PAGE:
Reiko Ikehara Nelson first encountered the Shinshu teachings when her father passed away more than two decades ago, but it wasn’t until much later that they made any sense.
At his funeral, she heard a reading of “White Ashes,” a letter written 600 years ago by Honganji abbot Rennyo Shonin that is traditionally read at funeral services. Rennyo wrote about impermanence, how a person may have a healthy face in the morning, but suddenly may die and become “white ashes” (cremated) in the evening. The service was held at the Los Angeles Higashi Honganji Betsuin temple.
Several years later in 2008, Reiko’s husband Ken suddenly passed away. He had been diagnosed with a pituitary tumor, had surgery, but never awoke. Earlier, he seemed healthy, so his passing came as a shock.
Afterwards, she felt sad and desperate. Reiko had been together with her husband for more than 20 years. Consequently, she tried different religions and heard what they had to say. She visited West Covina Higashi Honganji, which was near her home. There, she once again encountered “White Ashes.” This time, Rennyo’s words struck in her a deep chord.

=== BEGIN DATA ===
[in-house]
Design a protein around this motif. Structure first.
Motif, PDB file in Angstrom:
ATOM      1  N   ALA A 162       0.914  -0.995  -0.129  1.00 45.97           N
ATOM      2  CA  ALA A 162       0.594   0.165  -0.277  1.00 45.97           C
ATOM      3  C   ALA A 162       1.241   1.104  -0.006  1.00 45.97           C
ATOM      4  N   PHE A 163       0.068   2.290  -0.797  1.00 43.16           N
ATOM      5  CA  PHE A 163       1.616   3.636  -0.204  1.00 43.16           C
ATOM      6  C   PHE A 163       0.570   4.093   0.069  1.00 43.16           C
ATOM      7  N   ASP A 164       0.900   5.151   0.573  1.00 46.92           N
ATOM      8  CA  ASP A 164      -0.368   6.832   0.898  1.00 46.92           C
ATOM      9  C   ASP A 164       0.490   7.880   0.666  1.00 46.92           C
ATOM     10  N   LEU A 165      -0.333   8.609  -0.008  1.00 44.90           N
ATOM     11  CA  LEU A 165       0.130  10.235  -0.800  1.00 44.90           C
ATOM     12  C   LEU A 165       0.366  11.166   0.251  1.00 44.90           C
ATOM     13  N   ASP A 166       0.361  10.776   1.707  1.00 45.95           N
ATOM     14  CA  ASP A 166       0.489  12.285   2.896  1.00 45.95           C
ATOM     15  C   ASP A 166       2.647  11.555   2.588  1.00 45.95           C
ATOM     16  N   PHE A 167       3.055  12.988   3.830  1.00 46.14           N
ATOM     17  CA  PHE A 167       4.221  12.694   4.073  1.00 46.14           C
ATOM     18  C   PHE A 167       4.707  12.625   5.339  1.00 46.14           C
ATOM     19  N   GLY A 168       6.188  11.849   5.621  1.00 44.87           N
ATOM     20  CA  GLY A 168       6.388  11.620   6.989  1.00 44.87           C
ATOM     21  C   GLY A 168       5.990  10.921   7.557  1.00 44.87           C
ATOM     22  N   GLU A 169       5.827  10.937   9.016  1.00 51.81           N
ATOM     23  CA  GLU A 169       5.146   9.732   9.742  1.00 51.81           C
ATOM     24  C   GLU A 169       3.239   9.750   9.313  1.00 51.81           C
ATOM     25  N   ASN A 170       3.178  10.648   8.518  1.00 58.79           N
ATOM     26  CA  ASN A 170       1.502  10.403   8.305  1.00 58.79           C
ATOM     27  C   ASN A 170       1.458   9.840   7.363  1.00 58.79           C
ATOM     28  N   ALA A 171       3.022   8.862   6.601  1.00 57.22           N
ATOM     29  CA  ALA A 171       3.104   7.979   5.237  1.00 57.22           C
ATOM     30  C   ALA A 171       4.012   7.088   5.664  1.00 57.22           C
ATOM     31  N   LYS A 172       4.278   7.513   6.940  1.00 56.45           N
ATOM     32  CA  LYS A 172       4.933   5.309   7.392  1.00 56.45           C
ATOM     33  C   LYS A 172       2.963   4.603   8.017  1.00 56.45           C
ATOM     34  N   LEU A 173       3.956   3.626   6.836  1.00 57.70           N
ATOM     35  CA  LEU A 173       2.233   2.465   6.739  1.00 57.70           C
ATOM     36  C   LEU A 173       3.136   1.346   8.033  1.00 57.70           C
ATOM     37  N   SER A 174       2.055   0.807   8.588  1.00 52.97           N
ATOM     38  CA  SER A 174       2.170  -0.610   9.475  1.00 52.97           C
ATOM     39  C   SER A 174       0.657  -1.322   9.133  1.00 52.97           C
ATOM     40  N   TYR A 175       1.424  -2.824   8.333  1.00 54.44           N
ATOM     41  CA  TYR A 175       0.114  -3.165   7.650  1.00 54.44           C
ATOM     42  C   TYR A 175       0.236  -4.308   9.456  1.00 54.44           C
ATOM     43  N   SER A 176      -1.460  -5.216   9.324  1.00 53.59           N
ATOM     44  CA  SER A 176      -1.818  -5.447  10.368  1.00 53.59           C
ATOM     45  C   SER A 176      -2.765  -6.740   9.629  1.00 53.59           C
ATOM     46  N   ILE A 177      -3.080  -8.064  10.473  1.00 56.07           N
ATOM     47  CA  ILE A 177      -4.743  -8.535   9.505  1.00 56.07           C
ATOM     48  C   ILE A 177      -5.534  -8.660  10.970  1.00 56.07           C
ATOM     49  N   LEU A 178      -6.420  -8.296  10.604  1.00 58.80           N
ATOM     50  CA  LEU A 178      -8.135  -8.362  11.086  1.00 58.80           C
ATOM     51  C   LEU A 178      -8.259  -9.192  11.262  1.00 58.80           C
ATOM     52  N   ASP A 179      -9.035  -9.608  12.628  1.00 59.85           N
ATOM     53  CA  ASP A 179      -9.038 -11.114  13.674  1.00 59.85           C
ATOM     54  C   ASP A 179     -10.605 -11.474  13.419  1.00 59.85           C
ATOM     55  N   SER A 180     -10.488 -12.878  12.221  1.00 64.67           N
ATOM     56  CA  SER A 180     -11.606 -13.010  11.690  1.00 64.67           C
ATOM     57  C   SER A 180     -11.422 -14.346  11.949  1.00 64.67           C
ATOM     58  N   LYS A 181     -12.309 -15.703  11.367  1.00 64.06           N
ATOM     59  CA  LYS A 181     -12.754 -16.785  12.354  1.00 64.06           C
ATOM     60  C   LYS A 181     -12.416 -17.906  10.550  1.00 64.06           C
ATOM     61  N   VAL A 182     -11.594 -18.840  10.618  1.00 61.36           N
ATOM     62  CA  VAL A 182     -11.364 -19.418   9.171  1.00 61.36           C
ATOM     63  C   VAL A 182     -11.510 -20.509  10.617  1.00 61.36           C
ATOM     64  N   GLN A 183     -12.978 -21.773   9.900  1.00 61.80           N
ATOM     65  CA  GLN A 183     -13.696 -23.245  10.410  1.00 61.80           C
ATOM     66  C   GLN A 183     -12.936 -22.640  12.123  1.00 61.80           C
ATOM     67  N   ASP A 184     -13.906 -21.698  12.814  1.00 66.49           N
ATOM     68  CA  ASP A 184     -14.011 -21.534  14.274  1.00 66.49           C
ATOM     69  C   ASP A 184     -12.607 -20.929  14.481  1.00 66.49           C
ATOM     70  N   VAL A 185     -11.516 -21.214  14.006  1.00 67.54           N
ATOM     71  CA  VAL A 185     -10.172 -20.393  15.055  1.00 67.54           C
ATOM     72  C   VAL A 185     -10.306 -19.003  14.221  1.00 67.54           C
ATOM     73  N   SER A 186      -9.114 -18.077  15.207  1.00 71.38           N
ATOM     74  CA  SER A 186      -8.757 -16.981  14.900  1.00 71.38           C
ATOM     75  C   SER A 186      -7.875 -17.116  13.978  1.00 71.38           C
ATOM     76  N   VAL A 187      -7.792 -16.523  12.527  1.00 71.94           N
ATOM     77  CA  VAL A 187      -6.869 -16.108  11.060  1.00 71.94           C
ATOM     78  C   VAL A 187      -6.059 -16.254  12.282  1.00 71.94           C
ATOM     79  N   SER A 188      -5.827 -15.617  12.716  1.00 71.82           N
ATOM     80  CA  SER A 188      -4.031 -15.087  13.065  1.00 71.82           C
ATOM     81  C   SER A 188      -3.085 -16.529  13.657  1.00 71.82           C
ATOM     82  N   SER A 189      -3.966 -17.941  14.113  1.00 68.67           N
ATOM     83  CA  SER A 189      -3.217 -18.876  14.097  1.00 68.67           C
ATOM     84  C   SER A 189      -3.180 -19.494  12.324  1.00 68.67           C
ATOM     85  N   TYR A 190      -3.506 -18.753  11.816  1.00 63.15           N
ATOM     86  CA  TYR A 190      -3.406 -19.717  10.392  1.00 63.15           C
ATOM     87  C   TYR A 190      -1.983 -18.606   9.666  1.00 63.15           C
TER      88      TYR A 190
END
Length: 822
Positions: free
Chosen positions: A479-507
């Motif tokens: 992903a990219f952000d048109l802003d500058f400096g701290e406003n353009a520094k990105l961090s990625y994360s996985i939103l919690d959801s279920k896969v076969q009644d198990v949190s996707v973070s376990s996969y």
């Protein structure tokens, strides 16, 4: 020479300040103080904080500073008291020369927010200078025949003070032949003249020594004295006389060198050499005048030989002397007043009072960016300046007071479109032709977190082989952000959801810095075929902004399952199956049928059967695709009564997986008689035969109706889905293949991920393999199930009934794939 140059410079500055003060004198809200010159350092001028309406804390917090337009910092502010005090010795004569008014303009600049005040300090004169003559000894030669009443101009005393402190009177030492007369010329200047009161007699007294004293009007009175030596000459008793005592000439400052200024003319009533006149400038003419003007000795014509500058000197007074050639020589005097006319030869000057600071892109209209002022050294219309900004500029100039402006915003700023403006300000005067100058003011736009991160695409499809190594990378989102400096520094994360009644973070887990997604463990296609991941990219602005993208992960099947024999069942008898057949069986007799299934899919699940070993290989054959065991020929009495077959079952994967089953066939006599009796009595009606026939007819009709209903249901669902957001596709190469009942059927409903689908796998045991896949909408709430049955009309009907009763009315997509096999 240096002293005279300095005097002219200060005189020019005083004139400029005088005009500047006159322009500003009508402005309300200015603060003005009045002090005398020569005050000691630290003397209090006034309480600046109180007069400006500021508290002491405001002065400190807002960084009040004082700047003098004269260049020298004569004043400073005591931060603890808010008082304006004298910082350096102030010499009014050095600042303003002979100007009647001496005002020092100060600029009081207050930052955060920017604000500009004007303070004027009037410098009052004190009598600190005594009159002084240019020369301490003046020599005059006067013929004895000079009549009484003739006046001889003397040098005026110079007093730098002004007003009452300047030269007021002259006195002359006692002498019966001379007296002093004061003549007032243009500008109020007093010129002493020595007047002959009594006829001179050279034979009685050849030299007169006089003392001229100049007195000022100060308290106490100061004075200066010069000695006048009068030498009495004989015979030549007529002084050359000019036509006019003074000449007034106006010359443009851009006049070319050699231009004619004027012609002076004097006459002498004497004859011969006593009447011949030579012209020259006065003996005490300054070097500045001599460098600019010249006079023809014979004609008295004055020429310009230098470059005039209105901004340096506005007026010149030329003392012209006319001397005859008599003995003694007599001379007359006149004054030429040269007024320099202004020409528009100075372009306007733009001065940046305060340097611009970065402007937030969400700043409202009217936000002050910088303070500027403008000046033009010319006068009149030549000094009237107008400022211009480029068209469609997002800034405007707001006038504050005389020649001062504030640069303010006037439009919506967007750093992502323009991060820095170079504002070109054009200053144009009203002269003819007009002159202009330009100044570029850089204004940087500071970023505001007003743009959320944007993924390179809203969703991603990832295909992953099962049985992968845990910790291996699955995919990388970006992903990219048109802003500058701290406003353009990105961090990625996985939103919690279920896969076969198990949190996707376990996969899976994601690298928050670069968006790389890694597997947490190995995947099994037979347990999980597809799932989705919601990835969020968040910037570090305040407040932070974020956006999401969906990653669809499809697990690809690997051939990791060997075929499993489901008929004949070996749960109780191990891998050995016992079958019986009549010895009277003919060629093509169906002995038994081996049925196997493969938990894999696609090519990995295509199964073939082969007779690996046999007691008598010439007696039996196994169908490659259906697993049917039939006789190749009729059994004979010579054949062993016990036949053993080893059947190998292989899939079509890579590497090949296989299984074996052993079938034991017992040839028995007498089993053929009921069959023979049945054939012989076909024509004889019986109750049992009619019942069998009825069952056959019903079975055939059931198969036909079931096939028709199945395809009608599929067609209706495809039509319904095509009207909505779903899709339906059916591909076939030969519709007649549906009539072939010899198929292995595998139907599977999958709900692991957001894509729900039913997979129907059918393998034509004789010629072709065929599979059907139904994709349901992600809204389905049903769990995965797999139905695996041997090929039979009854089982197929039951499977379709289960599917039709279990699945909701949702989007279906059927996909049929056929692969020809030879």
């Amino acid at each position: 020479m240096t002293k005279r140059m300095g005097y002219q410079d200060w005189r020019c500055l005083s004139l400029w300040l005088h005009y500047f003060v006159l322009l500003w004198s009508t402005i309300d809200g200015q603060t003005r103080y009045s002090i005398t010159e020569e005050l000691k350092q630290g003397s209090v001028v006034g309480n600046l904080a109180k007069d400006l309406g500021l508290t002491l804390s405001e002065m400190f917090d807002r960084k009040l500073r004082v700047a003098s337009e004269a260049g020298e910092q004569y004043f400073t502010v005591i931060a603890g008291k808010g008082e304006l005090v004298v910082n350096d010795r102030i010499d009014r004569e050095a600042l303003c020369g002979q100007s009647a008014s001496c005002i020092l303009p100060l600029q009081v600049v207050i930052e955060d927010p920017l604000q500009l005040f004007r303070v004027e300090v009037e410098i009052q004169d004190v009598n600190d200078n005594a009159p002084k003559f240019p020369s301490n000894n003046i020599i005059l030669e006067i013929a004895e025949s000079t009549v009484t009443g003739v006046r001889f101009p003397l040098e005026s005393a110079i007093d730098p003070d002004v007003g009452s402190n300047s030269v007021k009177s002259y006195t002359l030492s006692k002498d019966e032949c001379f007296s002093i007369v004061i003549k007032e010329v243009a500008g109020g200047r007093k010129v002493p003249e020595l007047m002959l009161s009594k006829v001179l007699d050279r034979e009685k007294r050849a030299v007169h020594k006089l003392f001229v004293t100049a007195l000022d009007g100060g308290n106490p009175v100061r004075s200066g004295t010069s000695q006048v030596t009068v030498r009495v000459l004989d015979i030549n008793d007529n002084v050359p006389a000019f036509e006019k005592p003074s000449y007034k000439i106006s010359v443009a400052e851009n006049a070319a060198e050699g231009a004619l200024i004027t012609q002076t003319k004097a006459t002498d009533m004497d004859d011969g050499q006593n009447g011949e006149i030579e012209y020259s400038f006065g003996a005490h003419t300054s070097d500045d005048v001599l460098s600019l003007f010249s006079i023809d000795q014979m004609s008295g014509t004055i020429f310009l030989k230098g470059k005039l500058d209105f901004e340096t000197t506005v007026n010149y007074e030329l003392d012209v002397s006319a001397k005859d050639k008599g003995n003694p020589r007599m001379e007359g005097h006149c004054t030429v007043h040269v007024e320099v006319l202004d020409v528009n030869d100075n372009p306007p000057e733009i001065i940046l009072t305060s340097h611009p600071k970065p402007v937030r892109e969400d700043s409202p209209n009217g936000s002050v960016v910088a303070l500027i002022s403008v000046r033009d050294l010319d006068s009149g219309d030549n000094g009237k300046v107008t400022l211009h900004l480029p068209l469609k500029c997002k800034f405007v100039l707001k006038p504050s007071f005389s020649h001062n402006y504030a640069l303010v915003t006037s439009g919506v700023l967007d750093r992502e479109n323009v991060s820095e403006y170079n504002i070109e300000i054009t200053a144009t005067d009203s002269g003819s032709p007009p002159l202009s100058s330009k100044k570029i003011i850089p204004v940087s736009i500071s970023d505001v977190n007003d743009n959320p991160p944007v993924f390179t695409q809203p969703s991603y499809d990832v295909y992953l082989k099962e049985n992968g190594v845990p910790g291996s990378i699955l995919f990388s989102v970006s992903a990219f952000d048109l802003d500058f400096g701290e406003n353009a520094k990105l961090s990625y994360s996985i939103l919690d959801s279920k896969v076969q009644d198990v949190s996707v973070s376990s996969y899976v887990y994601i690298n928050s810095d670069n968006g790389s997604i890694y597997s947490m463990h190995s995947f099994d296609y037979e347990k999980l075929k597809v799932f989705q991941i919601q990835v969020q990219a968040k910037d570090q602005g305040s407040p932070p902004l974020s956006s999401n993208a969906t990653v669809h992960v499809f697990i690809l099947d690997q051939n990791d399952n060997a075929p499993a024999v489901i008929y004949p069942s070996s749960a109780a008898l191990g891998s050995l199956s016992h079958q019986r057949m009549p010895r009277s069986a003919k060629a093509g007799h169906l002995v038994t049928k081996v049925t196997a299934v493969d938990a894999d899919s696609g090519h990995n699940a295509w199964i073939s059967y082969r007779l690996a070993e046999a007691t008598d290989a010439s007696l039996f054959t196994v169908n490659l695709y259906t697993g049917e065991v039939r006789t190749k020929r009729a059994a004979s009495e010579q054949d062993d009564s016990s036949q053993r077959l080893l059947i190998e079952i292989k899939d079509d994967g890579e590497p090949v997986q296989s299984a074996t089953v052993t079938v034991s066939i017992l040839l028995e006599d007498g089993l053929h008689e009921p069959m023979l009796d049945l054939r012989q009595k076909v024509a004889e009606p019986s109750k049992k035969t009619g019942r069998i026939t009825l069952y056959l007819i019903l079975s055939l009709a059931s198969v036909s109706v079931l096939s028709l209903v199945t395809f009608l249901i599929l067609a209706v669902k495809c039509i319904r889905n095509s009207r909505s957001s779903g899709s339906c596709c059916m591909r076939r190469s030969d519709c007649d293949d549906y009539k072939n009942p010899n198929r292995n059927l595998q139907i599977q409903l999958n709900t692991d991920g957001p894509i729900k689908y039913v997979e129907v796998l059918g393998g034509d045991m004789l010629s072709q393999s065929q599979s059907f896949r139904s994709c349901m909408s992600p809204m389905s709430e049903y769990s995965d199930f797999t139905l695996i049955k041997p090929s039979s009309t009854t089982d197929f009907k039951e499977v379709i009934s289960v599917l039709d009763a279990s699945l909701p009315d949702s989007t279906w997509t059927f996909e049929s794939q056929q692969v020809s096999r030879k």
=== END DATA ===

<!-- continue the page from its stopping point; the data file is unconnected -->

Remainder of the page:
“I couldn’t easily accept the truth of impermanence,” she said. “As I continued to reflect on that letter, it began to resonate with my experience. As I went to the temple, I became aware that I was a person who wasn’t living in the present. I was lost thinking about the past.”
As she listened to Shinshu teachings, she began to feel grateful for her life. “I am alive now,” she said. Whatever happens, she feels she can appreciate this life.
These days, Reiko goes to the temple with her niece Michelle to listen to the Buddhist dharma. Michelle has been participating in the temple’s “Dharma Seeds” program, which encourages people to become more active in temple activities, share their experiences and possibly become future leaders.
“First, we ‘knocked’ on the temple gates to encounter the teachings,” she said. “Now we want to open those gates to other people.”
Reiko is a member of the West Covina Higashi Honganji Temple.
Translated from Japanese. This article first appeared in Higashi Honganji’s “Dobo Shinbun, Living now, the World,” vol. 5, December 2015